March 14, 2012 at 12:16 PM

Trickle Feeders

"The best method for feeding is to give smaller, more frequent meals..."

By Susie Morgan

Hoof Prints in Santa Fe

Susie Morgan is a lifetime lover of horses, the outdoors and lives for adventures. She lives in Las Campanas, and is reconnecting with horses after working 27 years in New York City.

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The nibble net makes a great natural feeder. Horses are designed to eat constantly as they are always producing stomach acid. Because hay and saliva together are alkaline, they counteract the stomach acid. Academic research shows that smaller, more frequent meals are healthier for
horses, resulting in increased chewing time, smaller particle size and increased salivation reducing overall health issues—especially gastric ulcers.

The best method for feeding is to give smaller, more frequent meals, mimicking a horse’s natural behavior. Even going from three to five meals a day would be an improvement for a creature designed by nature to eat many small, frequent meals over the course of a day. Leave out additional, lower-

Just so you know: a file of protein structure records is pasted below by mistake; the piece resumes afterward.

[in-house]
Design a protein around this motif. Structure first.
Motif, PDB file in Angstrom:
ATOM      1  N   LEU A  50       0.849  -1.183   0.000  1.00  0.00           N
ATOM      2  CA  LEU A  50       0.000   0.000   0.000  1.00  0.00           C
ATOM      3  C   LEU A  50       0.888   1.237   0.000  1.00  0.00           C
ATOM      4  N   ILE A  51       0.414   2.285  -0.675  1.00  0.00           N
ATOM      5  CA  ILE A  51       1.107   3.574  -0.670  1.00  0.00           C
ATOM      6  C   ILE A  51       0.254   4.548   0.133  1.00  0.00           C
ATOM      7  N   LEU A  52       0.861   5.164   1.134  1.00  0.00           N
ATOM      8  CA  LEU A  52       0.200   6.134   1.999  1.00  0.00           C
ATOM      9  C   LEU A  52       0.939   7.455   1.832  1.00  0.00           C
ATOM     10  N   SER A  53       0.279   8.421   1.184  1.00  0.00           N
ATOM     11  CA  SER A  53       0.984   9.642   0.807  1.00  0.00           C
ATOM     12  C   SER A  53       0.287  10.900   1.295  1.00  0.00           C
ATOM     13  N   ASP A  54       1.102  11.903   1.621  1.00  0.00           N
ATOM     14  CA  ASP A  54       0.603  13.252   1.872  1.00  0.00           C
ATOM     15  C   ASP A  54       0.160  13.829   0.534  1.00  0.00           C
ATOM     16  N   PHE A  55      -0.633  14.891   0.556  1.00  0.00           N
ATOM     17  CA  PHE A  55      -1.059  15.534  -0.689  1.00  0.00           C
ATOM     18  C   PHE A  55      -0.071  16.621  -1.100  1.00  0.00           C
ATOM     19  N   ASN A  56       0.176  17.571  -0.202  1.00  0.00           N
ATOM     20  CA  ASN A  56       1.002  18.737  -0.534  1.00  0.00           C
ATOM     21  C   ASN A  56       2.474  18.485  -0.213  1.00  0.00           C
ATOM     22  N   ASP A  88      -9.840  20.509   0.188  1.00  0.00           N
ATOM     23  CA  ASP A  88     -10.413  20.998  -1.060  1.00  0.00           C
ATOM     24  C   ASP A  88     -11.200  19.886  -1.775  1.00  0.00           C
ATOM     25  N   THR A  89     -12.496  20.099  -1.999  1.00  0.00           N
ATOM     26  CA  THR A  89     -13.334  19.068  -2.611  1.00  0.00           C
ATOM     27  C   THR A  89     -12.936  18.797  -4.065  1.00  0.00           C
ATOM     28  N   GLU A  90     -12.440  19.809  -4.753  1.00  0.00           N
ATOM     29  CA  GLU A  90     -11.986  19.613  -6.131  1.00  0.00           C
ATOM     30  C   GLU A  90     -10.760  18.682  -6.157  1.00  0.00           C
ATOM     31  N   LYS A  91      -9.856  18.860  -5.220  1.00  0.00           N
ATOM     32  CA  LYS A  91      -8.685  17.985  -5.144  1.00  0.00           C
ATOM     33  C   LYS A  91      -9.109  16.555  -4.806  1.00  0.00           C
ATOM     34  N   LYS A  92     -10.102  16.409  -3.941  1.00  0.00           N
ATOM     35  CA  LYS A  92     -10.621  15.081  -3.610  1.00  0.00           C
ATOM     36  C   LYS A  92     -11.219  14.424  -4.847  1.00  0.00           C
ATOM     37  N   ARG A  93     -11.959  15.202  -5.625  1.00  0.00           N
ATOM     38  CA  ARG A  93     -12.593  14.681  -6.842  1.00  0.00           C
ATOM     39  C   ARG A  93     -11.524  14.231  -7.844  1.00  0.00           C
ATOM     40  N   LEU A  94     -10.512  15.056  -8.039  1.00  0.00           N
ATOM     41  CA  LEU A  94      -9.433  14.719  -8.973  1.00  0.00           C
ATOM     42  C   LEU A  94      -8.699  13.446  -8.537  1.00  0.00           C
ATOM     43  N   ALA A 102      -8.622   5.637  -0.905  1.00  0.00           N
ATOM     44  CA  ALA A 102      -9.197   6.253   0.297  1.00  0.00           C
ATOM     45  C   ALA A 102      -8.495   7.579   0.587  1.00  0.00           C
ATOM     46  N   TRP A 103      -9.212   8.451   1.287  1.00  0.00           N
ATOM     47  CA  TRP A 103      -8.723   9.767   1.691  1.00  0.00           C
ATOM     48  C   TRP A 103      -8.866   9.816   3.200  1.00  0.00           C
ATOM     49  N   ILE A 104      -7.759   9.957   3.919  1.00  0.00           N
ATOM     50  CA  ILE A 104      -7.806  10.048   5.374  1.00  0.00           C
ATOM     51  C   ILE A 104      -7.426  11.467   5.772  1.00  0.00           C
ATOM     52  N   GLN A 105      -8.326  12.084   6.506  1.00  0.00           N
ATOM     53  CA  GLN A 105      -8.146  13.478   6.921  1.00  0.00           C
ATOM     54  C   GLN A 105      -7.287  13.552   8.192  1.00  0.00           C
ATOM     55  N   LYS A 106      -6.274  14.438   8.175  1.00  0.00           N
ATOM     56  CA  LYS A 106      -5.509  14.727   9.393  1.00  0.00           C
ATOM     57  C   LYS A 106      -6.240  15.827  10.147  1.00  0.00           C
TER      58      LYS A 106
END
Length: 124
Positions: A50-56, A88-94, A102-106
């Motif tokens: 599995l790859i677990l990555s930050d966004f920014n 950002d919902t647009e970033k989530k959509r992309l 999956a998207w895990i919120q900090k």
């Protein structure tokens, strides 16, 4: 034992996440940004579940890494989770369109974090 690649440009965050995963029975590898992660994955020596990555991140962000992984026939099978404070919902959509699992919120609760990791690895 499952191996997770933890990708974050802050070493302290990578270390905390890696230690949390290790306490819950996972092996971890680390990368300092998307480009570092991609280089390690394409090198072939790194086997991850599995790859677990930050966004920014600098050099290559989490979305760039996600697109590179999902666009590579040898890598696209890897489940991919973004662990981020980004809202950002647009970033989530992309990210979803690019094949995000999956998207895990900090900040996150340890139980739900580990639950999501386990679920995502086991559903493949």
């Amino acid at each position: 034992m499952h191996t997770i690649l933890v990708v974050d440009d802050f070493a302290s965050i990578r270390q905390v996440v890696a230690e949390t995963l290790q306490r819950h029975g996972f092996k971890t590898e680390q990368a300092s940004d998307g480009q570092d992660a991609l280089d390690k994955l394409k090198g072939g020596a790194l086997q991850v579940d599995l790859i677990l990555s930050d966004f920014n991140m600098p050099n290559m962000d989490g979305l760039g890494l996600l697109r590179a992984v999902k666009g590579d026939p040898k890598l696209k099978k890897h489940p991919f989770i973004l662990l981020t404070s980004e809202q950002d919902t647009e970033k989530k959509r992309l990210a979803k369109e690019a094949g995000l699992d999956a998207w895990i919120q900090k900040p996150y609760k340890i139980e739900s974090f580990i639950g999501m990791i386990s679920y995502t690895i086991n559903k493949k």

quality hay in turn-out paddocks (high-fiber, low-non-structural carbohydrate) for your horse to browse on during the day, giving them more “chew time.”

If your horse is bored, or if you just want to make your hay go farther with less waste, consider the slow feeders. We have switched our trailer hay bags to nibble nets. They have the same advantages of the Natural Feeder tubs, but are more easily transported and can be hung in box stalls.

We use Dura-Tech® Slow Feed Hay Bag and NibbleNets is another style. Horses have to pick carefully at the hay to get it out, only removing one small mouthful at a time. This means less waste, more time spent eating, and a noticeably happier horse.

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